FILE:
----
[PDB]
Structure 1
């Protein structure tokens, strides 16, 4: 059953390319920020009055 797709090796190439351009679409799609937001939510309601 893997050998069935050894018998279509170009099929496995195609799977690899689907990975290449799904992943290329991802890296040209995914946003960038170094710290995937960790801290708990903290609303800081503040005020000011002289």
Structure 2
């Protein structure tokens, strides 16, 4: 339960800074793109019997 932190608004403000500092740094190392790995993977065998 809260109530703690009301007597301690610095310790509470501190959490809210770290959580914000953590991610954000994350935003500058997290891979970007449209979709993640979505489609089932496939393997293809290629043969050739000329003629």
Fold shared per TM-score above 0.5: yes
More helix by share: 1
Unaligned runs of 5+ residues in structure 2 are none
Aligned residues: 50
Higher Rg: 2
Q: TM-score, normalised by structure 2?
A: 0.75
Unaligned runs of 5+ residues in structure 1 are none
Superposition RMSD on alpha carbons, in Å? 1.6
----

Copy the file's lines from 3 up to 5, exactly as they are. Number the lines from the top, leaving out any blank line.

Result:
């Protein structure tokens, strides 16, 4: 059953390319920020009055 797709090796190439351009679409799609937001939510309601 893997050998069935050894018998279509170009099929496995195609799977690899689907990975290449799904992943290329991802890296040209995914946003960038170094710290995937960790801290708990903290609303800081503040005020000011002289």
Structure 2
């Protein structure tokens, strides 16, 4: 339960800074793109019997 932190608004403000500092740094190392790995993977065998 809260109530703690009301007597301690610095310790509470501190959490809210770290959580914000953590991610954000994350935003500058997290891979970007449209979709993640979505489609089932496939393997293809290629043969050739000329003629």